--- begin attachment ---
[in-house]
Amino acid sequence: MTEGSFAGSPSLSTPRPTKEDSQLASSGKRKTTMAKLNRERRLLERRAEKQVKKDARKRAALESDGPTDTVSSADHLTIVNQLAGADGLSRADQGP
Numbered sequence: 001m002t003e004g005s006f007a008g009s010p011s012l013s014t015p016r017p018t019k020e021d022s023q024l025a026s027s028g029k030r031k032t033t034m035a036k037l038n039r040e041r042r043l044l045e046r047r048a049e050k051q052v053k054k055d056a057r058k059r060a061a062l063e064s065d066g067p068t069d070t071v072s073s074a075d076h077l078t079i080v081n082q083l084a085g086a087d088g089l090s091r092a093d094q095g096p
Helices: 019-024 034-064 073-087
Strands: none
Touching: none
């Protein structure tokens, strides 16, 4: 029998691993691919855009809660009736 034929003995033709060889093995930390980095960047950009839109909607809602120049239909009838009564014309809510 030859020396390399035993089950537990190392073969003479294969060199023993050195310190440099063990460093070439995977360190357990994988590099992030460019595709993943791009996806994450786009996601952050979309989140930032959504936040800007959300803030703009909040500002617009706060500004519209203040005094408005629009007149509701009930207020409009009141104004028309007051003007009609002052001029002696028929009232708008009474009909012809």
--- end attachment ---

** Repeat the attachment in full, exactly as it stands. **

[in-house]
Amino acid sequence: MTEGSFAGSPSLSTPRPTKEDSQLASSGKRKTTMAKLNRERRLLERRAEKQVKKDARKRAALESDGPTDTVSSADHLTIVNQLAGADGLSRADQGP
Numbered sequence: 001m002t003e004g005s006f007a008g009s010p011s012l013s014t015p016r017p018t019k020e021d022s023q024l025a026s027s028g029k030r031k032t033t034m035a036k037l038n039r040e041r042r043l044l045e046r047r048a049e050k051q052v053k054k055d056a057r058k059r060a061a062l063e064s065d066g067p068t069d070t071v072s073s074a075d076h077l078t079i080v081n082q083l084a085g086a087d088g089l090s091r092a093d094q095g096p
Helices: 019-024 034-064 073-087
Strands: none
Touching: none
């Protein structure tokens, strides 16, 4: 029998691993691919855009809660009736 034929003995033709060889093995930390980095960047950009839109909607809602120049239909009838009564014309809510 030859020396390399035993089950537990190392073969003479294969060199023993050195310190440099063990460093070439995977360190357990994988590099992030460019595709993943791009996806994450786009996601952050979309989140930032959504936040800007959300803030703009909040500002617009706060500004519209203040005094408005629009007149509701009930207020409009009141104004028309007051003007009609002052001029002696028929009232708008009474009909012809």